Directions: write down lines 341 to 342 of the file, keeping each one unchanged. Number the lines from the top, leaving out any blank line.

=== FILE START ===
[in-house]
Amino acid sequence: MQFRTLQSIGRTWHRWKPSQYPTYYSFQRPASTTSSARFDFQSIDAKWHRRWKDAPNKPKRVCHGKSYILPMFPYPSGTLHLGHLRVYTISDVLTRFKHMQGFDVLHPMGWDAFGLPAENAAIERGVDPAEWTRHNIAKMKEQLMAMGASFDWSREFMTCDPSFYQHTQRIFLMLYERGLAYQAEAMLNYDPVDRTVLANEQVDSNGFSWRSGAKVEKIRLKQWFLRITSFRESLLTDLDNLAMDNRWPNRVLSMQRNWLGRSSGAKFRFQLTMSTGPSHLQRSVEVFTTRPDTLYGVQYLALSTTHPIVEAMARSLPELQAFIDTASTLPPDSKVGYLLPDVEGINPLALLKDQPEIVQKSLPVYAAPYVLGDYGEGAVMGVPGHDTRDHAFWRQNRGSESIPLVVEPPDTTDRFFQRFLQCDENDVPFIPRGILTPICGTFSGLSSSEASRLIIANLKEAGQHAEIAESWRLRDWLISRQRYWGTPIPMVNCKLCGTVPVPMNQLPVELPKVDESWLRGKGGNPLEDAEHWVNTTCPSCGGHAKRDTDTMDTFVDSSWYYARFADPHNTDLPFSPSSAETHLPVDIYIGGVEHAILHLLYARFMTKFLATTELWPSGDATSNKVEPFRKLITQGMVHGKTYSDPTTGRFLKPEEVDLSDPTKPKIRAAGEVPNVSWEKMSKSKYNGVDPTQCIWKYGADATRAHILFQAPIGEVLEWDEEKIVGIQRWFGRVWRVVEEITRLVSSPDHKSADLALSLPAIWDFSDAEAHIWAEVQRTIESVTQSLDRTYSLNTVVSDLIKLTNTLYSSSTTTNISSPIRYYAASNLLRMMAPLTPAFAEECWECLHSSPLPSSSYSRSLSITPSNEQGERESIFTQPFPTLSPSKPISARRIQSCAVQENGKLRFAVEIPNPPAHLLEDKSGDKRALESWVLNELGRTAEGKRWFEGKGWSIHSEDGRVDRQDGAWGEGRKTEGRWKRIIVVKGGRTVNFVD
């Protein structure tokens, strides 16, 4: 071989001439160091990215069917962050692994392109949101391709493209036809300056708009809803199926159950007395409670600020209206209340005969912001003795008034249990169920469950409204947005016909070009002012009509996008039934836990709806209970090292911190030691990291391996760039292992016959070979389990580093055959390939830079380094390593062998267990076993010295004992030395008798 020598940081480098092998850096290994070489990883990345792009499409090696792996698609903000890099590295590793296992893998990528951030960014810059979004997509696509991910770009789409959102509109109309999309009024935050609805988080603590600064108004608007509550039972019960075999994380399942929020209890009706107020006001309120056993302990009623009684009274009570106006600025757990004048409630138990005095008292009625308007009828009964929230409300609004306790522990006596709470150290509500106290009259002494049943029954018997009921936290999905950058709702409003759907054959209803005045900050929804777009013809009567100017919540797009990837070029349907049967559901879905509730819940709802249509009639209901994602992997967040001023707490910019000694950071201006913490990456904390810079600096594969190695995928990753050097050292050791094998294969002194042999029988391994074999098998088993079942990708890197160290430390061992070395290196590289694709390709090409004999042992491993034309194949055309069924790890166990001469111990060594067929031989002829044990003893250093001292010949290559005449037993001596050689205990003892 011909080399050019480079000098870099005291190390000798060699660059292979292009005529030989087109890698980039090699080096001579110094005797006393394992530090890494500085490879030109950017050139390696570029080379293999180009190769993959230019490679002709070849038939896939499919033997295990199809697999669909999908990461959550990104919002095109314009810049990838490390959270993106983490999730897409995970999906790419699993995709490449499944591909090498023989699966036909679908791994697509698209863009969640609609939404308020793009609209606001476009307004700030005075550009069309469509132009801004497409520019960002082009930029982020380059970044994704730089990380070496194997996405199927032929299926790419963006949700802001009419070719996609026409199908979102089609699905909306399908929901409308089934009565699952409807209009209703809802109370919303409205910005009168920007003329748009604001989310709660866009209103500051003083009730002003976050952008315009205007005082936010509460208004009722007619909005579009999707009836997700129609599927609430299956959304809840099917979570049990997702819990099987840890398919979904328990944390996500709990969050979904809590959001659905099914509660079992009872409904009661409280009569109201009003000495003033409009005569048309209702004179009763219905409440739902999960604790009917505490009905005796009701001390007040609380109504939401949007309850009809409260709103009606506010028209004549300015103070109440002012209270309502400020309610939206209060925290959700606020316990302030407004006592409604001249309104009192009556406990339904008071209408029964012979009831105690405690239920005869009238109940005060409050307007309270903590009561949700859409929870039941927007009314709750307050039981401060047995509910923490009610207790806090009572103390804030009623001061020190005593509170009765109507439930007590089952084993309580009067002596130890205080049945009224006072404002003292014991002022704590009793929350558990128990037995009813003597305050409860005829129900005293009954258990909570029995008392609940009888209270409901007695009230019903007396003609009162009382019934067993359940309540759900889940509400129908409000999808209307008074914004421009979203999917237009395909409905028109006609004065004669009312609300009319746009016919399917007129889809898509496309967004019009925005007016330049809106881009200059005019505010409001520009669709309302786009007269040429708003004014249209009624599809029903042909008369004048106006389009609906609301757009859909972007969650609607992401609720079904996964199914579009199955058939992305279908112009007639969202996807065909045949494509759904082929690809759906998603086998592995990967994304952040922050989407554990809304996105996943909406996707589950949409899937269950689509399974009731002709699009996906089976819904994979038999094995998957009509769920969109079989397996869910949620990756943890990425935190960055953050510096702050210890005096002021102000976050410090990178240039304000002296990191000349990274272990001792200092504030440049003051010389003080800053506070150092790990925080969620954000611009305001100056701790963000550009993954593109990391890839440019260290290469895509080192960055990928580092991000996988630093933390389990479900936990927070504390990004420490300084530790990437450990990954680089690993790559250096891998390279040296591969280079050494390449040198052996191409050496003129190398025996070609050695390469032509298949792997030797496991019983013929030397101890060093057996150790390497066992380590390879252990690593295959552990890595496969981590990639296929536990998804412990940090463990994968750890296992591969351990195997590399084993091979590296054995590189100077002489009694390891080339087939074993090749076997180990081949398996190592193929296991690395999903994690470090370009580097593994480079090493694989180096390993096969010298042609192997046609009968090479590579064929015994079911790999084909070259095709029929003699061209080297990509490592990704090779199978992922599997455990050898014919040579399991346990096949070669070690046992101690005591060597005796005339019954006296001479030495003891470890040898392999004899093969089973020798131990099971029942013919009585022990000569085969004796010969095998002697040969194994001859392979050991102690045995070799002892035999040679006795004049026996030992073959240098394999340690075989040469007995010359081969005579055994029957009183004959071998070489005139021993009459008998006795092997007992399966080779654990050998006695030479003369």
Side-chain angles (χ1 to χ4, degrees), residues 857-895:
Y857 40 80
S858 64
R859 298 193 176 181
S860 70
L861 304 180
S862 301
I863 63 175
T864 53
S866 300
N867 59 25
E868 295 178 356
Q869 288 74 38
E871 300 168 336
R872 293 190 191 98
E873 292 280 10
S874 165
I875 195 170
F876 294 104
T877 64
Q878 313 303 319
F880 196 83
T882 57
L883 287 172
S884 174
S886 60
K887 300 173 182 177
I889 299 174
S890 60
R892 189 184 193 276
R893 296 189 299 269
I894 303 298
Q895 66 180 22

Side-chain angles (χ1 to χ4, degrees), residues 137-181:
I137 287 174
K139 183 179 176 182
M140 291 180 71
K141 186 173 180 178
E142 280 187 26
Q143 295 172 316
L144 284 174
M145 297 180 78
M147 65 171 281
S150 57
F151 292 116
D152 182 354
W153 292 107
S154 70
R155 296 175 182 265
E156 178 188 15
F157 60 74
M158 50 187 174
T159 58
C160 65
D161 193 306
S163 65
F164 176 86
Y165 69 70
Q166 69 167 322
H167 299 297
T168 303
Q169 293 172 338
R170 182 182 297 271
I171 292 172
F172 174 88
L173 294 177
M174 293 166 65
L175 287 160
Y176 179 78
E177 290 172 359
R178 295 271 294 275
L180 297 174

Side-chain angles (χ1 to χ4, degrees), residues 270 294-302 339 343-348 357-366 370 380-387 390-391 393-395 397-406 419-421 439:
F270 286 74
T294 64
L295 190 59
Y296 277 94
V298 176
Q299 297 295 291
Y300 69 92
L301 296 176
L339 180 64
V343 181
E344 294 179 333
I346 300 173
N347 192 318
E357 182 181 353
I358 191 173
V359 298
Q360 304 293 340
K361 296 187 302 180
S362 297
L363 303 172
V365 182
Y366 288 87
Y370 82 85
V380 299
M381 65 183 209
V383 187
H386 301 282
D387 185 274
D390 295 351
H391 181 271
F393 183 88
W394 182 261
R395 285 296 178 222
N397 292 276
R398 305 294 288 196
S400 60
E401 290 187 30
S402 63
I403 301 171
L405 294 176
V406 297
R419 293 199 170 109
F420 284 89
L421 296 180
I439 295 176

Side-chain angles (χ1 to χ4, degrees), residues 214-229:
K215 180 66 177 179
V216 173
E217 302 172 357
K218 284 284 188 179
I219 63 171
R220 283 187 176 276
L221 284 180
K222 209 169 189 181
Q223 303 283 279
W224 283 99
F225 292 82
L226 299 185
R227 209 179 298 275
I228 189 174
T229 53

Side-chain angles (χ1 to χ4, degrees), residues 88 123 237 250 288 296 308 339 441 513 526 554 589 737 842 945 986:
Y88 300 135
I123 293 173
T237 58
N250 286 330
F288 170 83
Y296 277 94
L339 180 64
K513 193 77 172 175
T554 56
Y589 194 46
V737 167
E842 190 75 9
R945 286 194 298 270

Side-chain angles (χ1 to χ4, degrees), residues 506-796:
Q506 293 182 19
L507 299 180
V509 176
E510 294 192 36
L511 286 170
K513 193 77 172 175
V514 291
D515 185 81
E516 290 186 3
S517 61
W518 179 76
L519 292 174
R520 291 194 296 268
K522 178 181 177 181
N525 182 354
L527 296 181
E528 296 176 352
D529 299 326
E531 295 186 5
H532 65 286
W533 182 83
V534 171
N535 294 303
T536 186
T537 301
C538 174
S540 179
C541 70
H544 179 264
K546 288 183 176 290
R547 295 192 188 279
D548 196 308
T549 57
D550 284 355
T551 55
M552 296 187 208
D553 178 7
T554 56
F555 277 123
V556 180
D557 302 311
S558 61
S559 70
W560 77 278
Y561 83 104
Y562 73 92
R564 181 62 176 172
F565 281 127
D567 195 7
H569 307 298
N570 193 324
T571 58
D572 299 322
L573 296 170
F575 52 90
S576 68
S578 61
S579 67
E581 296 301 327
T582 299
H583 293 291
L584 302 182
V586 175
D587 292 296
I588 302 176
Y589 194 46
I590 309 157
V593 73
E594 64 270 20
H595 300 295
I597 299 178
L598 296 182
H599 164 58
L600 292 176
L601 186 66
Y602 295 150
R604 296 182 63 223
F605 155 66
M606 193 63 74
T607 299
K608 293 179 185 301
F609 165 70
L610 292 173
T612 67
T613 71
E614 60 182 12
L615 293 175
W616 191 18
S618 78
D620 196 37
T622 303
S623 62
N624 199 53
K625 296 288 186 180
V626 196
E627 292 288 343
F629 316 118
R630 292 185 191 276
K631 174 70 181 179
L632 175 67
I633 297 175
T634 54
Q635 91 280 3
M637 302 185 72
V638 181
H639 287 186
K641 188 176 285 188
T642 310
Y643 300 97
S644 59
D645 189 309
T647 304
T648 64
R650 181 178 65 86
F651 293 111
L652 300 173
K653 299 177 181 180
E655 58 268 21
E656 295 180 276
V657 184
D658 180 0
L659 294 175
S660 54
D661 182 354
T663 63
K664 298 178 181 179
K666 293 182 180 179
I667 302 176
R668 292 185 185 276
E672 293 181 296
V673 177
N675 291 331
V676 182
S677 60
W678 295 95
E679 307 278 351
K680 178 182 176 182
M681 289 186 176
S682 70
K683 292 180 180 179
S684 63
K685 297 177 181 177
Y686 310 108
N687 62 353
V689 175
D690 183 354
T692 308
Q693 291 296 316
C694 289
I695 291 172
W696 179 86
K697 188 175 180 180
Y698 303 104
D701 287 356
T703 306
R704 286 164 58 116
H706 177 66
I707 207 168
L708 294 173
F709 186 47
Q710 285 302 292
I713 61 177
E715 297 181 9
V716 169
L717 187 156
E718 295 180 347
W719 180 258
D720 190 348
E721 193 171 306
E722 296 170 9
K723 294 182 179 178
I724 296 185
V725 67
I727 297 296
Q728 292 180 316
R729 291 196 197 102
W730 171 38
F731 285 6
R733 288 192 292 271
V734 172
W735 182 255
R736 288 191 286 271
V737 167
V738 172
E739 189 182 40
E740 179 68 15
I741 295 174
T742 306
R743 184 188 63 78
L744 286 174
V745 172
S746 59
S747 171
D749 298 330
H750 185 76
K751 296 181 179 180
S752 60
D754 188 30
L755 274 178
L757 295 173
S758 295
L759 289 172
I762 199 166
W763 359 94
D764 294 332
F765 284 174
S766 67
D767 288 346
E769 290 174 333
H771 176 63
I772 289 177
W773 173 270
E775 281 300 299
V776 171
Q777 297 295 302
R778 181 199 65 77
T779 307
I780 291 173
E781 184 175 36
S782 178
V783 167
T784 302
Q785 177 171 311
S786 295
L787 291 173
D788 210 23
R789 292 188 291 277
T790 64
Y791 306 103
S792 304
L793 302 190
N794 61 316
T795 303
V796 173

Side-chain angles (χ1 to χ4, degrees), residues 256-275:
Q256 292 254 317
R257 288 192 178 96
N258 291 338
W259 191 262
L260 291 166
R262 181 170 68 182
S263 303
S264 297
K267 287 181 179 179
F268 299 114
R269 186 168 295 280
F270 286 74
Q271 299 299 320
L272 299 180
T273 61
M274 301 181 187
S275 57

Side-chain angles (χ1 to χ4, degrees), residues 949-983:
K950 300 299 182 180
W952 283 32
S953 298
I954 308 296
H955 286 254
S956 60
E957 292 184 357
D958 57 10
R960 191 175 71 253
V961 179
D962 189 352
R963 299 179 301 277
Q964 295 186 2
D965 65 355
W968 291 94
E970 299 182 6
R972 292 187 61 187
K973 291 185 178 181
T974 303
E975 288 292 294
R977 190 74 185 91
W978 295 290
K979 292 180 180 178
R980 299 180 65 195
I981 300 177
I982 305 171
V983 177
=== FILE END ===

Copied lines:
R743 184 188 63 78
L744 286 174